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Temperature Conditions - Cold

Is there a minimum temperature at which work becomes dangerous and should be stopped?

The short answer is yes.

At very cold temperatures, the most serious concern is the risk of hypothermia or dangerous overcooling of the body. Another serious effect of cold exposure is frostbite or freezing of the exposed extremities such as fingers, toes, nose and ear lobes. Hypothermia could be fatal in absence of immediate medical attention.

This document focuses on working in cold conditions. Please see the OSH Answers Temperature Conditions - Hot, and Humidex Rating and Work for more information on temperature conditions.


What are the warning signs of hypothermia?

Warning signs of hypothermia can include complaints of nausea, fatigue, dizziness, irritability or euphoria. Workers can also experience pain in their extremities (hands, feet, ears, etc), and severe shivering. Workers should be moved to a heated shelter and seek medical advice when appropriate.

For more information please see our OSH Answers documents on Cold Environments - Health Effects and First Aid.


What are exposure limits for working in the cold when outdoors?

In some cases, legislation does provide a range of acceptable temperatures for specific circumstances. The Threshold Limit Values® (TLVs®) for cold stress as published by the American Conference of Governmental Industrial Hygienists (ACGIH) have been formally adopted as occupational exposure limits in some jurisdictions, while jurisdictions use the TLVs® as guidelines. See the OSH Answers Temperature Conditions - Legislation for a list of legislation from each jurisdiction.

The ACGIH has adopted the guidelines developed by the Saskatchewan Labour for working outdoors in cold weather conditions. The recommended exposure times are based on the wind chill factor, a scale based on air temperature and wind speed. The work-break schedule applies to any four-hour period with moderate or heavy activity. The warm-up break periods are of 10 minute duration in a warm location. The schedule assumes that "normal breaks" are taken once every two hours. At the end of a 4-hour period, an extended break (e.g. lunch break) in a warm location is recommended. For more information see the webpage from the Occupational Health and Safety Division of the Government of Saskatchewan on Working Outdoors.

Table 1
TLVs Work/Warm-up Schedule for Outside Workers based on a Four-Hour Shift*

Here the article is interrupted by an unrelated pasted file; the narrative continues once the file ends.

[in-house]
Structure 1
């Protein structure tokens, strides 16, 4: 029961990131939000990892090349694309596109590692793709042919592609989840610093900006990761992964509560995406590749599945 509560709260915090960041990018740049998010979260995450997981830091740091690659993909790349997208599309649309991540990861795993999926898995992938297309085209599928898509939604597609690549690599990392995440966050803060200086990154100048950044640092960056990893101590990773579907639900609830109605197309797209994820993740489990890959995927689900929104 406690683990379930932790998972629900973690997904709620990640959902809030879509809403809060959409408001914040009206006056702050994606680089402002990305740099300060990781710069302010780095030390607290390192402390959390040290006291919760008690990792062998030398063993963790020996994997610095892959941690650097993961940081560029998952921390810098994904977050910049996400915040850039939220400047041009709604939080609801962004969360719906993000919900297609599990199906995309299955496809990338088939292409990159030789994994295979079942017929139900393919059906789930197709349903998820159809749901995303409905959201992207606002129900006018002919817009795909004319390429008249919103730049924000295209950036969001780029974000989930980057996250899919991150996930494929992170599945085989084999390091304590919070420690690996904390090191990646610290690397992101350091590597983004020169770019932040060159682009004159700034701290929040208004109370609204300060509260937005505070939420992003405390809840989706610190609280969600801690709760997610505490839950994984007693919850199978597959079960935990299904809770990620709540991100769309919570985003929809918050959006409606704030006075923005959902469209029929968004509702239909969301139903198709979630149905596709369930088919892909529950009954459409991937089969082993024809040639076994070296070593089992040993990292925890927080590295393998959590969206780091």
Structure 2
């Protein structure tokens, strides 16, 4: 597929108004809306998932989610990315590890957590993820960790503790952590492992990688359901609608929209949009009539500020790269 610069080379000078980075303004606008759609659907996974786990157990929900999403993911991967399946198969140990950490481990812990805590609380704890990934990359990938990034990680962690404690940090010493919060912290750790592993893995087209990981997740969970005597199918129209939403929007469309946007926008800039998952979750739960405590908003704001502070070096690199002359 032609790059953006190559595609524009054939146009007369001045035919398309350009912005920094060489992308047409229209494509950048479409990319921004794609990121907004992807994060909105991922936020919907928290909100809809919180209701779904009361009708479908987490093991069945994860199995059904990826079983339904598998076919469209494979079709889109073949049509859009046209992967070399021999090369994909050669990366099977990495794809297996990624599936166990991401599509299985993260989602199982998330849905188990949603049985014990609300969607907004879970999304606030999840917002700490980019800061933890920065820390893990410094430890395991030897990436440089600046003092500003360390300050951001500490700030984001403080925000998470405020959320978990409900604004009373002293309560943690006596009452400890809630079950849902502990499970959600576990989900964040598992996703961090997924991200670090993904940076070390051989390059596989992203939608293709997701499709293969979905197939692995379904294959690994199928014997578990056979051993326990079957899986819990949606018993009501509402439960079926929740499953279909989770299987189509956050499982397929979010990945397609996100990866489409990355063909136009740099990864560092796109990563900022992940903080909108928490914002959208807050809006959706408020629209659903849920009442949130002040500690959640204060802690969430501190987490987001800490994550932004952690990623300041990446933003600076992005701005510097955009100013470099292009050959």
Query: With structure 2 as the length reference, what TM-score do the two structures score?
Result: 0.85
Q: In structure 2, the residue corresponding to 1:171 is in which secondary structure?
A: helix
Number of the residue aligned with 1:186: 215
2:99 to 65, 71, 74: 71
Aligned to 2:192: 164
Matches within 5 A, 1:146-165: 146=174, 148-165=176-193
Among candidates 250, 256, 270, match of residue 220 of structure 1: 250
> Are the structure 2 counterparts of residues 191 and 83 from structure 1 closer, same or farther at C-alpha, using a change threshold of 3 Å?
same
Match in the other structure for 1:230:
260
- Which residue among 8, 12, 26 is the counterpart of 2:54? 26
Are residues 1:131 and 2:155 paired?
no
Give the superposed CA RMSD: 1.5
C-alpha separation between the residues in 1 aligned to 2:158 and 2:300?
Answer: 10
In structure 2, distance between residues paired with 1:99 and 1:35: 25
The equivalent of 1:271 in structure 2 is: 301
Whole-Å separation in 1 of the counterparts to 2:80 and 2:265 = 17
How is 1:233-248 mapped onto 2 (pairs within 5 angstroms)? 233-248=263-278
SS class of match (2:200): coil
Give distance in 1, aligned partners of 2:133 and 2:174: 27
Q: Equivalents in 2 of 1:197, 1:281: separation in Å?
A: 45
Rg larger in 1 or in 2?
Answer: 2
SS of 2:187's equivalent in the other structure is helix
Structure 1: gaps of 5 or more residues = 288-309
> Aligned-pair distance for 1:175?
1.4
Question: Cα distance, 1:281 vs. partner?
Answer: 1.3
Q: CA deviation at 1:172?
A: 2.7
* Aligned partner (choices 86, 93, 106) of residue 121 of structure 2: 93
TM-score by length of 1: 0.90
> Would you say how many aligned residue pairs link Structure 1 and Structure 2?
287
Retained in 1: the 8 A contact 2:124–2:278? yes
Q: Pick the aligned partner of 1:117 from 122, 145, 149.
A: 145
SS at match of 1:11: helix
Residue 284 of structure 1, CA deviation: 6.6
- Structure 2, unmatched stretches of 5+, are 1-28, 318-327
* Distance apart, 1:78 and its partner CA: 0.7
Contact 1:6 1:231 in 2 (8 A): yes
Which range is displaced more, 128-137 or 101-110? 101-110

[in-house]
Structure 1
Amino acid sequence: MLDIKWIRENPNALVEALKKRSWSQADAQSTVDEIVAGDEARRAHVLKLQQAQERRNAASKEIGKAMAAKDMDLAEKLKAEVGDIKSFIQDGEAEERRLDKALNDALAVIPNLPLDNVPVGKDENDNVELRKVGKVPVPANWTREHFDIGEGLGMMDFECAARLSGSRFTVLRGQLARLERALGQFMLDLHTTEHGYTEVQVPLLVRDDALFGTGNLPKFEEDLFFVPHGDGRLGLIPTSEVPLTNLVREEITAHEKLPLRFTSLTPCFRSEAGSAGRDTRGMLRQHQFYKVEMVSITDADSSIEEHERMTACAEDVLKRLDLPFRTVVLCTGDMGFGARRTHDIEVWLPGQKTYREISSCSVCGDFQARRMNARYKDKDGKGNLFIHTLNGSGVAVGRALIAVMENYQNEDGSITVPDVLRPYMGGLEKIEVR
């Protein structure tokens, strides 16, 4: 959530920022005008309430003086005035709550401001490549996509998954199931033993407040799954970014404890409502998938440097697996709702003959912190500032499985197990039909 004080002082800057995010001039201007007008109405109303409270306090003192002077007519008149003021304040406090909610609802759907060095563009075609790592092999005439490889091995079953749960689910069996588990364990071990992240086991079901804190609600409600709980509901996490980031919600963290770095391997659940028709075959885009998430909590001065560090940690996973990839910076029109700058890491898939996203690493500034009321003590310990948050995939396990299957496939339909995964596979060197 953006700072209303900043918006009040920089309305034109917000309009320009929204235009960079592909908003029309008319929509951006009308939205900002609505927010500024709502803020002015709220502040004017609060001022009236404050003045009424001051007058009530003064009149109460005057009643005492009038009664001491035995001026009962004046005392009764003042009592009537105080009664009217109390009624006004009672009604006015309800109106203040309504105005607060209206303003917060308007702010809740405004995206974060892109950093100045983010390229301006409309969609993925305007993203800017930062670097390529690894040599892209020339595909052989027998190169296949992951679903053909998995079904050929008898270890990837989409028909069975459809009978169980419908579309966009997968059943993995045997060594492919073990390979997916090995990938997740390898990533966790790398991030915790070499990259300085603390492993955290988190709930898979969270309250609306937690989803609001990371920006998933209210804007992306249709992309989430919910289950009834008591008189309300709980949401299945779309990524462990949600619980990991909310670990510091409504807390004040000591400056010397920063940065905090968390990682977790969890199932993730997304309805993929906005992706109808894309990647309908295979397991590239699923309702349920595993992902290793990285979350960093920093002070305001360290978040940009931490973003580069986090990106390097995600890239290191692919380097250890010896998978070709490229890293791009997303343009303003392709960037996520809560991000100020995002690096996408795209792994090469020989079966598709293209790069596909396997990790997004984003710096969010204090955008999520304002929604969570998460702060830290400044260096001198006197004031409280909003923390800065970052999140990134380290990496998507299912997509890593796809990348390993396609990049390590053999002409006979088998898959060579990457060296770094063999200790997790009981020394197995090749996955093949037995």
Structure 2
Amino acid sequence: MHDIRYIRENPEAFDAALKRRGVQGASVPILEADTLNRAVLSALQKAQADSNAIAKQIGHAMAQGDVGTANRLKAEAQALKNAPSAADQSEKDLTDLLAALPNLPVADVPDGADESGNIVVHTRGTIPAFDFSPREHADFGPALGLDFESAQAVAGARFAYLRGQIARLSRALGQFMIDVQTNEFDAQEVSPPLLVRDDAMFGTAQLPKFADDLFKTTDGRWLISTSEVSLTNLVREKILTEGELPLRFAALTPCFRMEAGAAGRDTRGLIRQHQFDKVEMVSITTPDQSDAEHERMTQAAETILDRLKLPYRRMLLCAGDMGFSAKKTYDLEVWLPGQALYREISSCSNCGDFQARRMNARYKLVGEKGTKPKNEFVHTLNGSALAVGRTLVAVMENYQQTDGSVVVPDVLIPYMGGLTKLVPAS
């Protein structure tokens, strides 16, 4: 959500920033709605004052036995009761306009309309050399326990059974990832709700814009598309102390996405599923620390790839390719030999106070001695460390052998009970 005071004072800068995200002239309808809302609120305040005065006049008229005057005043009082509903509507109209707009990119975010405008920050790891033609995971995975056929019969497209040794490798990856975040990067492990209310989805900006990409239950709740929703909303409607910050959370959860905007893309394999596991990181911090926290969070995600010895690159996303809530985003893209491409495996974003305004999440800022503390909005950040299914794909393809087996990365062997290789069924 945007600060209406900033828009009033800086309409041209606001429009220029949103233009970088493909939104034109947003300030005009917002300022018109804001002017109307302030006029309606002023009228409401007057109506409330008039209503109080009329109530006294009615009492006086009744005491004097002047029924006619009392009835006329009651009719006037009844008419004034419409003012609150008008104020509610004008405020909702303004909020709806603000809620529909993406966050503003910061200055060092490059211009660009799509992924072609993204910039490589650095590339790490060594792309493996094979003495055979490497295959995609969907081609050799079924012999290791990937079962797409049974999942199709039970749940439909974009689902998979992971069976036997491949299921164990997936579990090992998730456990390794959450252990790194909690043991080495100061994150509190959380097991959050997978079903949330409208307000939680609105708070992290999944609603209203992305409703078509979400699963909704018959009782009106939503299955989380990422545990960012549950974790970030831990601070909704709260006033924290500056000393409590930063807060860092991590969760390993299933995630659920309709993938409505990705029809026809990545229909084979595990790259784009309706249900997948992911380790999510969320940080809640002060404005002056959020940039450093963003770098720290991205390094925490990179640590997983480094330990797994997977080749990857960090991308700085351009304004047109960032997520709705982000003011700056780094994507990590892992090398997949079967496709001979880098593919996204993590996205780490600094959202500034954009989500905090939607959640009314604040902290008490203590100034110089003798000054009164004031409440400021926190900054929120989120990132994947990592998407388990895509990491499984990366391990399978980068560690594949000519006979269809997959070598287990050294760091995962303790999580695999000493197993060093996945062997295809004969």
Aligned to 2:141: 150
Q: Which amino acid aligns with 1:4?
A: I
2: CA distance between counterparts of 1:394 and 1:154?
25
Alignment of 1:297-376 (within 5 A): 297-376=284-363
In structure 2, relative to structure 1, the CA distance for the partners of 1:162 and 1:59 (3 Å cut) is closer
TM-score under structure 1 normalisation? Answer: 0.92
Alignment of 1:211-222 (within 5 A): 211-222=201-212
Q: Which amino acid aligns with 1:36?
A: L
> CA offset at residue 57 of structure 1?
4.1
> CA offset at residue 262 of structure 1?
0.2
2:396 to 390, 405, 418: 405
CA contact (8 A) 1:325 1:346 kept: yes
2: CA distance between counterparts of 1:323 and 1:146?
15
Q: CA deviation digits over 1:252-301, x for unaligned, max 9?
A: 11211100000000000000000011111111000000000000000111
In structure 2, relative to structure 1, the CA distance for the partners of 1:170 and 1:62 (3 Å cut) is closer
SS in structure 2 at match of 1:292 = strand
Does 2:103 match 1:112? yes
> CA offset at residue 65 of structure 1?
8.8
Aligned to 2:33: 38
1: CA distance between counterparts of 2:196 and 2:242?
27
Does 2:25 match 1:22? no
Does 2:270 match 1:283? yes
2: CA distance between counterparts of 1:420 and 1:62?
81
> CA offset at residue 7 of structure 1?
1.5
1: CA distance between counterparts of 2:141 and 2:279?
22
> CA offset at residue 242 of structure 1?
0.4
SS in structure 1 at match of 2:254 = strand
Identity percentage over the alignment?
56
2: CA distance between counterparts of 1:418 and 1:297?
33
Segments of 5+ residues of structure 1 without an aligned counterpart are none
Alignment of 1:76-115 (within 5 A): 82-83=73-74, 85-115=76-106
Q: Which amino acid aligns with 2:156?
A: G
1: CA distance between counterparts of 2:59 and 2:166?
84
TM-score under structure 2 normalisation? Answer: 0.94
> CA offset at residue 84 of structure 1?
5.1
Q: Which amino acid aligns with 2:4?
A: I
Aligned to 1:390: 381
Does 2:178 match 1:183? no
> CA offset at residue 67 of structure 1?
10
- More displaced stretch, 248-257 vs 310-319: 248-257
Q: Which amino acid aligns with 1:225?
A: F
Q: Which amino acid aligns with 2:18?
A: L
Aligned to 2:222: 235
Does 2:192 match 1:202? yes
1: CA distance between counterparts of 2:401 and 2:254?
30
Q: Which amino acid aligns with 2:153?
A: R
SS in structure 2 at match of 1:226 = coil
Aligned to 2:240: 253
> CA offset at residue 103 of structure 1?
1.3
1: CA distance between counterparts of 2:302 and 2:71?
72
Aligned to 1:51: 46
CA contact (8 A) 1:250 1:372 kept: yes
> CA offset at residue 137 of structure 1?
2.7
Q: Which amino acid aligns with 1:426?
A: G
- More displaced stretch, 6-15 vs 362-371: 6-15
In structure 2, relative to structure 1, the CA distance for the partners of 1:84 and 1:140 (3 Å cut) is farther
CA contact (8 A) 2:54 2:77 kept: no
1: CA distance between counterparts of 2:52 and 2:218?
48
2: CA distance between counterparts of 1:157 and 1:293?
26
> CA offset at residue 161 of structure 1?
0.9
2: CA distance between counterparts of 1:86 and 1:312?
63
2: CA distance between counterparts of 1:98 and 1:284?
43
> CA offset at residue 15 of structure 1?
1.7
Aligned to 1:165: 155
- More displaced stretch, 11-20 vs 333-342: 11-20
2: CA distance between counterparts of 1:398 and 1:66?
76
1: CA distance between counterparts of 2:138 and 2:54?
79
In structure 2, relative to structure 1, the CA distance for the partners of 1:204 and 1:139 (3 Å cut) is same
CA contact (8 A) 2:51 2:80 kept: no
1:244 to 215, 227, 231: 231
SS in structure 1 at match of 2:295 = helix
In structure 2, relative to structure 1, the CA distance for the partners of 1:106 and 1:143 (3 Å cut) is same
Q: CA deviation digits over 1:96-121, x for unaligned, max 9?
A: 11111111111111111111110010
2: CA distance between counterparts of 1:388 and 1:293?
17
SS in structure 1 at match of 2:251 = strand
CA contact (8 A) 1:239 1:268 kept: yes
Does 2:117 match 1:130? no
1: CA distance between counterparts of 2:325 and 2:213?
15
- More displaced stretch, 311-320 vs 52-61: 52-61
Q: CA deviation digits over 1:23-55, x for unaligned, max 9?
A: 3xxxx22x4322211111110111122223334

Air Temperature - Sunny Sky No Noticeable Wind Wind
8 km/h
(5 mph)
Wind
16 km/h
(10 mph)
Wind
24 km/h
(15 mph)
Wind
32 km/h
(20 mph)
°C (approx) °F (approx) Max. work Period No. of Breaks** Max. Work Period No. of Breaks Max. Work Period No. of Breaks Max. Work Period No. of Breaks Max. Work Period No. of Breaks
-26° to -28° -15° to -19° (Norm breaks) 1 (Norm breaks) 1 75 min. 2 55 min. 3 40 min. 4
-29° to -31° -20°to -24° (Norm breaks) 1 75 min. 2 55 min. 3 40 min. 4 30 min. 5
-32° to -34° -25°to -29° 75 min. 2 55 min. 3 40 min. 4 30 min. 5 Non-emergency work should cease
-35° to -37° -30° to -34° 55 min. 3 40 min. 4 30 min. 5 Non-emergency work should cease
-38° to -39° -35° to -39° 40 min. 4 30 min. 5 Non-emergency work should cease
-40° to -42° -40°to -44° 30 min. 5 Non-emergency work should cease
-43° & below -45° & below Non-emergency work should cease

Notes:

  1. Applies to moderate to heavy physical work in any 4 hour period. Warm-up breaks should be in a warm environment for 10 minutes. If there is limited physical activity, apply the schedule one step lower (more protective).
  2. Use estimates for wind speed if accurate information is not available (e.g., an 8 km/h (5 mph) wind will move a light flag, a 16 km/h (10 mph) wind will fully extend the flag, a 24 km/hr (15 mph) wind will raise a newspaper sheet, and a 32 km/h (20 mph) wind will produce blowing and drifting snow)
  3. Additional considerations are required if only the wind chill cooling rate if available.
  4. Guidelines apply to workers wearing dry clothing.

Source: 2017 TLVs® and BEIs® - Threshold Limit Values for Chemical Substances and Physical Agents and Biological Exposure Indices. Cincinnati: American Conference of Governmental Industrial Hygienists (ACGIH), 2017, pages 217-218.


What are exposure limits for working in the cold when in a building or indoors?

Some Canadian jurisdictions specify a minimum temperature for indoor work environments in buildings that are normally heated. See the OSH Answers on Temperature Conditions - Legislation for a list of legislation.


What should be done when it is very cold or windy outside?

Employers have a duty to take every reasonable precaution to make sure the workplace is safe for the worker. This duty includes taking effective measures to protect workers from cold stress disorders if it is not reasonably practicable to control indoor conditions adequately, or when the work is done outdoors.

General recommendations include to:

  • Dress in layers of warm clothing, with an outer layer that is wind-resistant.
  • Cover all exposed skin.
  • Wear a hat, mittens or insulated gloves, a scarf, neck tube or face mask, and insulated, waterproof footwear.
  • Stay dry (including taking steps to prevent excess sweating).
  • Keep active.
  • Maintain a work/break schedule. Breaks should be taken in a warm area, with protection from drafts.
  • When very cold, consider cancelling outdoor activities.

Please see the OSH Answers document Cold Environment - Working in Cold for more information.


Where can i find more information?

Document last updated on June 20, 2017

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